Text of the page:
Hooded faces turn in my direction. They start laughing. They’re all laughing. Their voices reverberate like clamouring bells, loud and humourless.

Then Kathanhiel speaks, deadly calm.

‘That is Kastor, my esquire. You will not insult him.’

A flash of crimson lightning.

She must’ve moved…or was that just a torching flaring up? For a moment I thought she had dashed forward and…and…


A hooded head rolls free of its shoulders with a frozen sneer. Those glazing eyes are still full of malicious humour; surprise hadn’t had a chance to register.  

‘Come. Let us not waste time.’ Kathanhiel declares.

They move on her, a wave of human-shaped wraiths so fast they must be gliding on the grass. The first one to reach Kathanhiel falls to the ground in two pieces, parted from neck to waist. The second finds the sharp end of the pick waiting under his chin, as if he has voluntarily shoved his jowls onto it; a squishy thud, and he crumples.

No one survives the first hit.

Six bodies pile up in five seconds, but still they come. One blue-tinged scimitar flies by Kathanhiel’s left ear, cutting loose three strands of hair. Then comes a brief squeal, like the quack of a duck, as its wielder splits from shoulder to shoulder. Two cloaks fly at her face in an attempt to blind. A flash of red, and they burst into flames in mid-air and turn to ash.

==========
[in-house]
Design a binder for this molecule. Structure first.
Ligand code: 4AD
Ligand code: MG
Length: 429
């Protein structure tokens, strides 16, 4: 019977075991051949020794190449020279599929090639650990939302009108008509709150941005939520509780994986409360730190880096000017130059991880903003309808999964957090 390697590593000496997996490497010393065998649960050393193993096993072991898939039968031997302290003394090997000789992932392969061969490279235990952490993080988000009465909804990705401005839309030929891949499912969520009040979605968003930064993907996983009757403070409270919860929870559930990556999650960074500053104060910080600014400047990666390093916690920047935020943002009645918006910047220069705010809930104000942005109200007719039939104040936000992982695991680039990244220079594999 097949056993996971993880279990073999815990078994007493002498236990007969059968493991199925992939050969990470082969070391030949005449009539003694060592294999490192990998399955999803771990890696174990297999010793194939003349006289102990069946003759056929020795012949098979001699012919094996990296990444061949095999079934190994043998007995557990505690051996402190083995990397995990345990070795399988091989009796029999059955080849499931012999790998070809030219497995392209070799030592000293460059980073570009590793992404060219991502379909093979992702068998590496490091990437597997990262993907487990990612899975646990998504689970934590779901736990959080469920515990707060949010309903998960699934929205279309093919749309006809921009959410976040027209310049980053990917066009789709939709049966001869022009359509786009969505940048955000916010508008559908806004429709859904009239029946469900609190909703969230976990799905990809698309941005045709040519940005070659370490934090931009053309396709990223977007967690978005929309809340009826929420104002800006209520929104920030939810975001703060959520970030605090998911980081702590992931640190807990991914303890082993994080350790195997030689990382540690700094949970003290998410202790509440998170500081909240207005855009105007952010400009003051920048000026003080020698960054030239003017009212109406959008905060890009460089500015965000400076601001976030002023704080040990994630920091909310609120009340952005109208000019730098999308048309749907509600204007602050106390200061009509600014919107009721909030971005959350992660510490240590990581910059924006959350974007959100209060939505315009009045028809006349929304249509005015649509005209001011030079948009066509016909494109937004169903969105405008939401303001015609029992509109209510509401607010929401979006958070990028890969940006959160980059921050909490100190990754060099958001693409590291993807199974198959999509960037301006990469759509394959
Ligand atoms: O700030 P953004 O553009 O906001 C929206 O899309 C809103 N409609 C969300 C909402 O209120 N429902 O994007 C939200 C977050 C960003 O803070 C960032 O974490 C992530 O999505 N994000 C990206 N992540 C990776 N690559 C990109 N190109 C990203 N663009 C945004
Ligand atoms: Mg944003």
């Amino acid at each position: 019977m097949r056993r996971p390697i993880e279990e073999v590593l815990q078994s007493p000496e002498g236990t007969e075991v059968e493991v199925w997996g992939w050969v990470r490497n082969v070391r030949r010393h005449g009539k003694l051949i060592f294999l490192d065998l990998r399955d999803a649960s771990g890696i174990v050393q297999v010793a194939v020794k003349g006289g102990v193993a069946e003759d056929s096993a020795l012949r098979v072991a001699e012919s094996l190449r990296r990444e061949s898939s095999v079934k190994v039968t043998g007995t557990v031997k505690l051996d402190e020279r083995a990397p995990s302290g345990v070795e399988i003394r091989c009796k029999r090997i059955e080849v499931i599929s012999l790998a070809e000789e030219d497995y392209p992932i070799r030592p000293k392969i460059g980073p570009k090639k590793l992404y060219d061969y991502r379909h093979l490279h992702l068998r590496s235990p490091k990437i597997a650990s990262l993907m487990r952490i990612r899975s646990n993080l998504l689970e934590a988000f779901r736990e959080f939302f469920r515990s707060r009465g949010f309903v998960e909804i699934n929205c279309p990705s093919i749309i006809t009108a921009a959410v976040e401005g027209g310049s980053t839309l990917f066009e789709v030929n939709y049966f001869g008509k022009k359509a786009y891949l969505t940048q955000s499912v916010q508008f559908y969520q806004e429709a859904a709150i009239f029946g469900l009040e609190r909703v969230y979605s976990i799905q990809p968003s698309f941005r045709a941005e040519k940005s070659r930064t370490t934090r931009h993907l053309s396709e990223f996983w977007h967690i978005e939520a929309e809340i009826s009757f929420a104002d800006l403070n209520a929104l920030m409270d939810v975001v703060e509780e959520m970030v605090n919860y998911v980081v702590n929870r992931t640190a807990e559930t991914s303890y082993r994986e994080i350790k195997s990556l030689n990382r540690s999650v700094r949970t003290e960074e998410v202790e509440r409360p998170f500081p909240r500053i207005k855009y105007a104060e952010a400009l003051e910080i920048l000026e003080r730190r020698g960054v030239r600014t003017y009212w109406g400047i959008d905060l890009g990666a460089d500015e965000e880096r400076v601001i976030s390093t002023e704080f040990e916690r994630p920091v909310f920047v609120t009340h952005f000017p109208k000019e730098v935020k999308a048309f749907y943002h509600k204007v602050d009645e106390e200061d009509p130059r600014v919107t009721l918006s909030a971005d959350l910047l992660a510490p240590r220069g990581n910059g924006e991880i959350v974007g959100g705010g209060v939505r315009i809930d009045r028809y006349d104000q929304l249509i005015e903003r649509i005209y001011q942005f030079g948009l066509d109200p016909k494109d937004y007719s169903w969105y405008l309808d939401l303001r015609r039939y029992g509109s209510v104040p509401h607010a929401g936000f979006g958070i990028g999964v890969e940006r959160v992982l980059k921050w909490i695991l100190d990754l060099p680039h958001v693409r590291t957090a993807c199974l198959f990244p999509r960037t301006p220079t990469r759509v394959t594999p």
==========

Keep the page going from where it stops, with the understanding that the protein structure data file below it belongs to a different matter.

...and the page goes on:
The sword. It’s on fire.

Kaishen is glowing red hot like it just came out of the forge. A snake of fire, it runs through two more bodies as if their bones were butter.

At a signal the assailants extinguish their torches, and the sudden darkness blinds the eye. Kaishen dims immediately, but a moment too late, the target bright and clear. Grunts and shouts come out of the darkness, sparks flying as crossing steel clamour like a rain of glass. They’re piling in, intending to crush her with sheer numbers.

Haylis slams an arm across my chest. ‘Don’t even think about it.’

My feet have taken three steps forward, somehow.

‘I wasn’t going to –’

A massive wave of heat explodes from the melee and the world turns red. The tree creaks dangerously as the blast rips from it all but the thickest branches. Objects sail through the air: bits of metal, cloth, limbs, all in pieces and all burning.

In the chaos a ring of fire rises from the grass. As the assassins fall away, half of them human torches, Kathanhiel lunges from its centre with Kaishen twice its original length and burning the crimson of sunset. It cuts through three at once; they part bloodlessly, their body-length wounds cauterised in an instant.

Still they fight, rising from the fire and yelling each other on despite their decimated ranks. These assassins are no cowards.  

But cowards get to live.

They won’t.

Kathanhiel is on the offensive, dancing in and out of the flames and mowing down everything in her path. Those scimitars, they break into two curled-up pieces of scrap the moment Kaishen touches them, and offer as much protection as bare arms. Two, four, eight, sixteen – they fall in droves and in bits.